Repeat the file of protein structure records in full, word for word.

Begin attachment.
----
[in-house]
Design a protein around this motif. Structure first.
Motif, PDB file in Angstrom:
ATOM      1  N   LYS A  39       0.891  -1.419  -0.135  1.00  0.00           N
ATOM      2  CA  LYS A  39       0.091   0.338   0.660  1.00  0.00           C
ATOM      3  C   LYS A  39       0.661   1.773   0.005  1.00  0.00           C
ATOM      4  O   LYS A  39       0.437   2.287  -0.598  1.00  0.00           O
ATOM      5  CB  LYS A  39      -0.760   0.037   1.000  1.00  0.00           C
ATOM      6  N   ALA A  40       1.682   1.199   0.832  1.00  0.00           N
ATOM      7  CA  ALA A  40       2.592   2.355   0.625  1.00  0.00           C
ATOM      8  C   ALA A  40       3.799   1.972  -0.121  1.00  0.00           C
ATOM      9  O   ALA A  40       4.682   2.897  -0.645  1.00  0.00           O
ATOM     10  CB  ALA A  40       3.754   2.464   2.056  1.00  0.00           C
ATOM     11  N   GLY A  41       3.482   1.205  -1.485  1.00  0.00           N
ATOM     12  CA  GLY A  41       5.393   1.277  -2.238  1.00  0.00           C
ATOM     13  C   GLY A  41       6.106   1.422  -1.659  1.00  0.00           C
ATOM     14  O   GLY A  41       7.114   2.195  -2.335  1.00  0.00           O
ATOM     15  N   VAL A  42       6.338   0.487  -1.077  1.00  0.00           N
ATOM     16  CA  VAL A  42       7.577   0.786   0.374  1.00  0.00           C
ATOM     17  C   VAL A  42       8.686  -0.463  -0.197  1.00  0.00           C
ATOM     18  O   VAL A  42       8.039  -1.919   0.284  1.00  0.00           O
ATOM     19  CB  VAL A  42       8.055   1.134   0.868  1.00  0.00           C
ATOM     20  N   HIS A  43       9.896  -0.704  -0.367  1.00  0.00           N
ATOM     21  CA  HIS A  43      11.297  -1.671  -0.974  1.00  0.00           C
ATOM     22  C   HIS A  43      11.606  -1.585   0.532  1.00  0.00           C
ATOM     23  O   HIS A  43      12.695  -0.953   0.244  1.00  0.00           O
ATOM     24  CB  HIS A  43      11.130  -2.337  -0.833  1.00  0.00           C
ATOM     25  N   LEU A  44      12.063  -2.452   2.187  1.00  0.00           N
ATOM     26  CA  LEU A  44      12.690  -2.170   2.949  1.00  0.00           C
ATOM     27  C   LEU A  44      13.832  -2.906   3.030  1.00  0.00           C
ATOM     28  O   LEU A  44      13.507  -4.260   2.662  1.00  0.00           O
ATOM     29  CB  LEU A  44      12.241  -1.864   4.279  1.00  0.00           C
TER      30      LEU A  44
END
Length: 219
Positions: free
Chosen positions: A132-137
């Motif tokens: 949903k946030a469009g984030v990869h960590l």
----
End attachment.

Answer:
[in-house]
Design a protein around this motif. Structure first.
Motif, PDB file in Angstrom:
ATOM      1  N   LYS A  39       0.891  -1.419  -0.135  1.00  0.00           N
ATOM      2  CA  LYS A  39       0.091   0.338   0.660  1.00  0.00           C
ATOM      3  C   LYS A  39       0.661   1.773   0.005  1.00  0.00           C
ATOM      4  O   LYS A  39       0.437   2.287  -0.598  1.00  0.00           O
ATOM      5  CB  LYS A  39      -0.760   0.037   1.000  1.00  0.00           C
ATOM      6  N   ALA A  40       1.682   1.199   0.832  1.00  0.00           N
ATOM      7  CA  ALA A  40       2.592   2.355   0.625  1.00  0.00           C
ATOM      8  C   ALA A  40       3.799   1.972  -0.121  1.00  0.00           C
ATOM      9  O   ALA A  40       4.682   2.897  -0.645  1.00  0.00           O
ATOM     10  CB  ALA A  40       3.754   2.464   2.056  1.00  0.00           C
ATOM     11  N   GLY A  41       3.482   1.205  -1.485  1.00  0.00           N
ATOM     12  CA  GLY A  41       5.393   1.277  -2.238  1.00  0.00           C
ATOM     13  C   GLY A  41       6.106   1.422  -1.659  1.00  0.00           C
ATOM     14  O   GLY A  41       7.114   2.195  -2.335  1.00  0.00           O
ATOM     15  N   VAL A  42       6.338   0.487  -1.077  1.00  0.00           N
ATOM     16  CA  VAL A  42       7.577   0.786   0.374  1.00  0.00           C
ATOM     17  C   VAL A  42       8.686  -0.463  -0.197  1.00  0.00           C
ATOM     18  O   VAL A  42       8.039  -1.919   0.284  1.00  0.00           O
ATOM     19  CB  VAL A  42       8.055   1.134   0.868  1.00  0.00           C
ATOM     20  N   HIS A  43       9.896  -0.704  -0.367  1.00  0.00           N
ATOM     21  CA  HIS A  43      11.297  -1.671  -0.974  1.00  0.00           C
ATOM     22  C   HIS A  43      11.606  -1.585   0.532  1.00  0.00           C
ATOM     23  O   HIS A  43      12.695  -0.953   0.244  1.00  0.00           O
ATOM     24  CB  HIS A  43      11.130  -2.337  -0.833  1.00  0.00           C
ATOM     25  N   LEU A  44      12.063  -2.452   2.187  1.00  0.00           N
ATOM     26  CA  LEU A  44      12.690  -2.170   2.949  1.00  0.00           C
ATOM     27  C   LEU A  44      13.832  -2.906   3.030  1.00  0.00           C
ATOM     28  O   LEU A  44      13.507  -4.260   2.662  1.00  0.00           O
ATOM     29  CB  LEU A  44      12.241  -1.864   4.279  1.00  0.00           C
TER      30      LEU A  44
END
Length: 219
Positions: free
Chosen positions: A132-137
């Motif tokens: 949903k946030a469009g984030v990869h960590l």